Any Category 3 hurricane making landfall at or near a major city is likely to cause devastating wind damage. In financial terms Hurricane Katrina was one of the costliest tropical cyclones to strike the U.S., but the 1,800 lives lost are what truly make it persist in our memories.
Katrina came ashore on August 29, 2005, as a huge Category 3 storm (having weakened from Category 5), with sustained 125 mph winds moving forward at just 8 to 9 mph. Its central pressure of 920 millibars (mb) at landfall made it the third most intense U.S. landfalling hurricane on record at the time and the seventh most intense Atlantic hurricane. Owing to its great size and slow forward motion, Katrina brought heavy rainfall—the highest total recorded in Louisiana was almost 15 inches—to a wide swath of the eastern part of the state.
Katrina built up an enormous storm surge ahead of itself as it approached the Gulf Coast. Data indicates a maximum surge of 26 to 28 feet along the Mississippi coast, while the estimated surge in southeastern Louisiana near New Orleans reached 10 to 15 feet. Katrina was not a direct hit on New Orleans, but its passage just 25 miles east pushed water southward across Lake Pontchartrain and directly toward it.
Katrina was a disaster waiting to happen. New Orleans is a famously low-lying city, about 65% of which is at or below sea level. It is hemmed in by Lake Pontchartrain, the Mississippi River, and swampland with no natural means of drainage.
Such a disaster was not unforeseen, and the city was by no means defenseless. Following major flooding caused by Hurricane Betsy in 1965, the U.S. Army Corps of Engineers (USACE) began construction of additional levees and floodwalls to create a 133-mile Greater New Orleans perimeter system with 78 pumping stations to keep floodwater away from the metro area. These defenses were designed to cope with a fast-moving Category 3 storm.
When Katrina struck 40 years later, these defenses had not been completed. Furthermore, flaws in the design of the system and substandard construction were exposed as infrastructure forming half of New Orleans’ 350 miles of defenses failed or proved inadequate. In addition to floodwaters overtopping levees and floodgates failing, the system was breached in 53 locations. About 80% of the city flooded with up to 15 feet of water lying in some areas.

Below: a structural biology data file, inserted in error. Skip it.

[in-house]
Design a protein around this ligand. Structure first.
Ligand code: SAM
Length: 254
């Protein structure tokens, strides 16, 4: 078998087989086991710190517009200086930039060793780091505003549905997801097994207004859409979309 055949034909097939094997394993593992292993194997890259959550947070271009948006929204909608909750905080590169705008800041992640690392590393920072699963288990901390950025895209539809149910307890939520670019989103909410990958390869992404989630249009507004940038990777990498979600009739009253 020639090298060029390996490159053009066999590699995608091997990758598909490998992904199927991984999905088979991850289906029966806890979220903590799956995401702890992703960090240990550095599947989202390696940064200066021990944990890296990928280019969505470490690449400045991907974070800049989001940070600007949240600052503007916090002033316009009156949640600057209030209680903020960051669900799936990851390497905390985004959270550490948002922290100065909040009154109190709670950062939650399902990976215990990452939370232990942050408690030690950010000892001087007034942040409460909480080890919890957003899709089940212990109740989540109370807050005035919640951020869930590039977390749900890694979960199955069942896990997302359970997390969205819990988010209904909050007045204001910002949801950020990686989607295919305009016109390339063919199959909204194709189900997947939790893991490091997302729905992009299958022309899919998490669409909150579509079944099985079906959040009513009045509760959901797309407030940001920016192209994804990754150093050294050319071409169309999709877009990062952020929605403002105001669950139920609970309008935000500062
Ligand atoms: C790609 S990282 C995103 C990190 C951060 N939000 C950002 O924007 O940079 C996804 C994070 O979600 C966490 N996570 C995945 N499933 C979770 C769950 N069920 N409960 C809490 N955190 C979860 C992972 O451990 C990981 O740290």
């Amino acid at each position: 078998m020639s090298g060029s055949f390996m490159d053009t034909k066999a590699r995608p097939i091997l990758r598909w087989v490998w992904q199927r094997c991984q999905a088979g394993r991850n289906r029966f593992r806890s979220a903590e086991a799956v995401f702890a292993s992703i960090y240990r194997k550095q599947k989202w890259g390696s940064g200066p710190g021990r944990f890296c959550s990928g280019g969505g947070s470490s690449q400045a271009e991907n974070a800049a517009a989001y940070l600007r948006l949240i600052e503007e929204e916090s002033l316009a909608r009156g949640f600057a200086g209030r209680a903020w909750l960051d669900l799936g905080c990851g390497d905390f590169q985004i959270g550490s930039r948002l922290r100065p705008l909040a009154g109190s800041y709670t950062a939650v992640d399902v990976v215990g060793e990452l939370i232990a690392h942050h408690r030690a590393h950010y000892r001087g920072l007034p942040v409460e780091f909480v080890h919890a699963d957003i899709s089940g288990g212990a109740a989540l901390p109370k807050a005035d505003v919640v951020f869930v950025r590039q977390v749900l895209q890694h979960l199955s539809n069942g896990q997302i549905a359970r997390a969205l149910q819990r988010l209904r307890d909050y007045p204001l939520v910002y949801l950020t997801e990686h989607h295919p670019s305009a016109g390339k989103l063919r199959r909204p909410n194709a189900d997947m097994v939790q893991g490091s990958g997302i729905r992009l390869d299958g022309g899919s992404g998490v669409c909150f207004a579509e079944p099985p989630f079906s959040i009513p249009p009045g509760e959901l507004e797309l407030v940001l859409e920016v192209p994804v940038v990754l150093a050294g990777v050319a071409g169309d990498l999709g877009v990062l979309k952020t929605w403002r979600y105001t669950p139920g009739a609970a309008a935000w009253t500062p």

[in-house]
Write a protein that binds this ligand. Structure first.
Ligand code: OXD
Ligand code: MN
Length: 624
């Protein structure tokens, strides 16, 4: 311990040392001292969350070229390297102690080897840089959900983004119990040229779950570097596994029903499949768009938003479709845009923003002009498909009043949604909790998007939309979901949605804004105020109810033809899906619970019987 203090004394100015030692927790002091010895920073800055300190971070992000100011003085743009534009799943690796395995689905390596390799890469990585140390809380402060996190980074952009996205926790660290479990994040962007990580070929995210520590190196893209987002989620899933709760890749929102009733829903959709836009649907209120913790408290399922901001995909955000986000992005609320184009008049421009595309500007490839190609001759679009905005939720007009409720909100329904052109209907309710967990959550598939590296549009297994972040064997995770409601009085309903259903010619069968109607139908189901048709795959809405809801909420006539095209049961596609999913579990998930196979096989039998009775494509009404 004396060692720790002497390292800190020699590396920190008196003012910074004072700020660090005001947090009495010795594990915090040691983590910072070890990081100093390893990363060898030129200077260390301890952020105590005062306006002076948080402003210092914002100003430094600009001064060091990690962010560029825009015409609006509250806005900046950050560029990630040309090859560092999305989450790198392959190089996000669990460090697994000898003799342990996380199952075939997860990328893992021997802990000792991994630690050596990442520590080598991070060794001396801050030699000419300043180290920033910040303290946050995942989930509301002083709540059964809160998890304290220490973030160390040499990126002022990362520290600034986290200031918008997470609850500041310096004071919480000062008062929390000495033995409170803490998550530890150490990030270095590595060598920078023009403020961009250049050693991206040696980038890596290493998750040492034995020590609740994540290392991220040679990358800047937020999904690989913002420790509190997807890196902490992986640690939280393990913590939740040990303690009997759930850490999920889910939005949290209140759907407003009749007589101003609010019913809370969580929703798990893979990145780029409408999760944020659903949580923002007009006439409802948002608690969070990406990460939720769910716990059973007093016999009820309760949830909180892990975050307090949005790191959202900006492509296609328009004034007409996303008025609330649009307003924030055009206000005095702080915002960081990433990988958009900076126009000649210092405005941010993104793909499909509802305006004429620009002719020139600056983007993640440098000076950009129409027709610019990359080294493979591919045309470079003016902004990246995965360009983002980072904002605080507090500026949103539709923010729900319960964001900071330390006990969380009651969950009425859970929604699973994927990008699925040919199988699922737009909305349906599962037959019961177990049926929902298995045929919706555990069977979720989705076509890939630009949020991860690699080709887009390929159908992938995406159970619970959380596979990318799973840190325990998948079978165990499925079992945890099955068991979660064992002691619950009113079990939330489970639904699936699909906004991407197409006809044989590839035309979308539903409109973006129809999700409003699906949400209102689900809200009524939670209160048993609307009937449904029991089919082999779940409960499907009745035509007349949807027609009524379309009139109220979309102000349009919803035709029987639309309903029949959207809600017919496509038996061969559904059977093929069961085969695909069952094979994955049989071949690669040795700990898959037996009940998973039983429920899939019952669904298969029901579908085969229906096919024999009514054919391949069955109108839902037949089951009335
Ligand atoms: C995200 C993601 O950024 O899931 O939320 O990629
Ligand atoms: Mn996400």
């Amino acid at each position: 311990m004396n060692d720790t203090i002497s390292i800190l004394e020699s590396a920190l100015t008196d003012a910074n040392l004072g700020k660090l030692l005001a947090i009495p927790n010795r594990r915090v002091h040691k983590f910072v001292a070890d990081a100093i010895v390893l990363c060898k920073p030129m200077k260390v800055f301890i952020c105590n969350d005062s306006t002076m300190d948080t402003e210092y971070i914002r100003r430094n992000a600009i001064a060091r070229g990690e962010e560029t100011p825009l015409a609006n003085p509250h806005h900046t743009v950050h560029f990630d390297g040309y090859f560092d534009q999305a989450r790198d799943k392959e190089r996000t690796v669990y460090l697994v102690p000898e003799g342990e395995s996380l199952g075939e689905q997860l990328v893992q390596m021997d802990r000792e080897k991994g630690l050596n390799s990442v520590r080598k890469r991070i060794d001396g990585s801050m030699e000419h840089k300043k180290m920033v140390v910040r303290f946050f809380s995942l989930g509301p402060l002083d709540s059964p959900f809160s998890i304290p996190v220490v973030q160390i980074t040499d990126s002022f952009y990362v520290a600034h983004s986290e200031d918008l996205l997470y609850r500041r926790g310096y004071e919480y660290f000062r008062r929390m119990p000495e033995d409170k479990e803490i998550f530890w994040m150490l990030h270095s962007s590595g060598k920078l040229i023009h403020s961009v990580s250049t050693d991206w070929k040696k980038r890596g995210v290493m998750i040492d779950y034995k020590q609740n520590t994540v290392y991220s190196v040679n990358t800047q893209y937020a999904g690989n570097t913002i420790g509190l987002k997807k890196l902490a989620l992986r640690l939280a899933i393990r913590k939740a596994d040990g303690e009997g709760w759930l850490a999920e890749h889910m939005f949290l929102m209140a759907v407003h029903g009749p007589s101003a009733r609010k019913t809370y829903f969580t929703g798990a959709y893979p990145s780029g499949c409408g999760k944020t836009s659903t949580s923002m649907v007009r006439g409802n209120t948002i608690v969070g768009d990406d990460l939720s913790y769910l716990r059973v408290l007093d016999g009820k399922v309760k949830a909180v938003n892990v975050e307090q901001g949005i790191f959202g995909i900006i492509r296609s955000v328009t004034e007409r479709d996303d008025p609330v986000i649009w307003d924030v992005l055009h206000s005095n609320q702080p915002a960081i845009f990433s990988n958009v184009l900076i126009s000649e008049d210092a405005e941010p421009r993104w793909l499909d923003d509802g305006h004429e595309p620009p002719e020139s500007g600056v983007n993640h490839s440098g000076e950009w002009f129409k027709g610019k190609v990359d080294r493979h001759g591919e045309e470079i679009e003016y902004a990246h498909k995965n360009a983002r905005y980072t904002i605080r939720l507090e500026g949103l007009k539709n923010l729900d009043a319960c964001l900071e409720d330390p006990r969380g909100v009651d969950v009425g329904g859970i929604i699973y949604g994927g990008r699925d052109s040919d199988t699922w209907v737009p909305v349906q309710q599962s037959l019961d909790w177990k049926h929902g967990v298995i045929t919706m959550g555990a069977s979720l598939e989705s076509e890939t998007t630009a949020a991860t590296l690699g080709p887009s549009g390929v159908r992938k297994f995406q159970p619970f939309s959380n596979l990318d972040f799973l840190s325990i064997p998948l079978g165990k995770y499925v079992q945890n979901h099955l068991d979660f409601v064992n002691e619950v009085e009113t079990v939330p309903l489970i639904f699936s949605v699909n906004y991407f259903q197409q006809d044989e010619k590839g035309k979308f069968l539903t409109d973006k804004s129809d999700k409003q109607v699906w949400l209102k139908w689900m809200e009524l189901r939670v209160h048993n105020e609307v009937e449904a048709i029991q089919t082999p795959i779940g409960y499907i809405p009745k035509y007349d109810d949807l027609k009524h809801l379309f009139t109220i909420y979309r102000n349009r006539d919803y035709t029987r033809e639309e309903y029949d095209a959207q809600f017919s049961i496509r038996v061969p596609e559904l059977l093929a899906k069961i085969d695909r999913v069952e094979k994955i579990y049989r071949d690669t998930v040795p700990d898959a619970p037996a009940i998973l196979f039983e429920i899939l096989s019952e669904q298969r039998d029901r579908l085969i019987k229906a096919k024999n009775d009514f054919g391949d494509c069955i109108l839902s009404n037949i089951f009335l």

The inundation had begun by 5 a.m., more than an hour before Katrina made landfall, as a 9-foot storm surge breached levees in the eastern part of Orleans Parish. Some levees failed well below the level of protection they were designed to provide, and floodwalls collapsed. Most notably, a 1,000-foot breach of Industrial Canal floodwall inundated the low-lying Lower 9th Ward, 95% of which flooded. Subsidence may have played a role, with USACE reporting that levees were at lower elevations relative to sea level than their designs. Some levee heights were 2½ feet below their intended elevations. The pumping system was overwhelmed and damaged, and with additional pumps it took 43 days to remove the last of the floodwater. Almost 75% of the occupied housing in the city was damaged and more than half of the population was forced to leave.
By 2020 New Orleans’ population had returned to about 80% of its pre-hurricane level and the city had substantially recovered from its ordeal. Since hurricanes Katrina and Rita (which struck the Gulf Coast less than a month later) USACE has spent more than USD 20 billion creating the Hurricane and Storm Damage Risk Reduction System (HSDRRS) for southeastern Louisiana. It includes the world’s largest surge barrier of its kind and the largest drainage pump station in the world, and it is deemed “stronger and more resilient than it has ever been.” This, the largest civil works project in the Corps’ history has only now been declared complete.
As part of HSDRRS the corps has strengthened the levees, floodwalls, gated structures, and pump stations that form the 133-mile Greater New Orleans perimeter system and improved about 70 miles of interior risk reduction structures. This work was completed in 2018 but within a year, levees were already reported to be sinking and USACE was warning that HSDRRS could stop providing adequate protection in as little as four years—by 2023—because of rising sea levels and settling levees.
Assuming they hold, flood defenses are only effective up to the level of protection they are designed to provide. HSDRRS is engineered to defend the city against a 100-year level of storm surge, but during Katrina St. Bernard Parish and the south shore of Lake Pontchartrain reportedly experienced greater storm surge. As USACE noted in 2019, if the city’s defenses are not raised in height “to offset consolidation, settlement, subsidence, and sea level rise, risk to life and property in the Greater New Orleans area will progressively increase.”
New Orleans experienced another major hurricane in 2021, 16 years after Katrina, when Ida made landfall on the same date (August 29) just 40 miles from where Katrina had crossed the coast. New Orleans escaped flooding from Hurricane Ida because that storm tracked west of the city and generally pushed water away from it, northward and westward across Lake Pontchartrain; no levee failures were reported. So, the flood defenses were not tested in 2021 as they were in 2005, and questions remain regarding the degree of protection they will provide when another Katrina-like storm strikes.
Read “Katrina 2005” for a 10-year anniversary look back—and forward—at Katrina.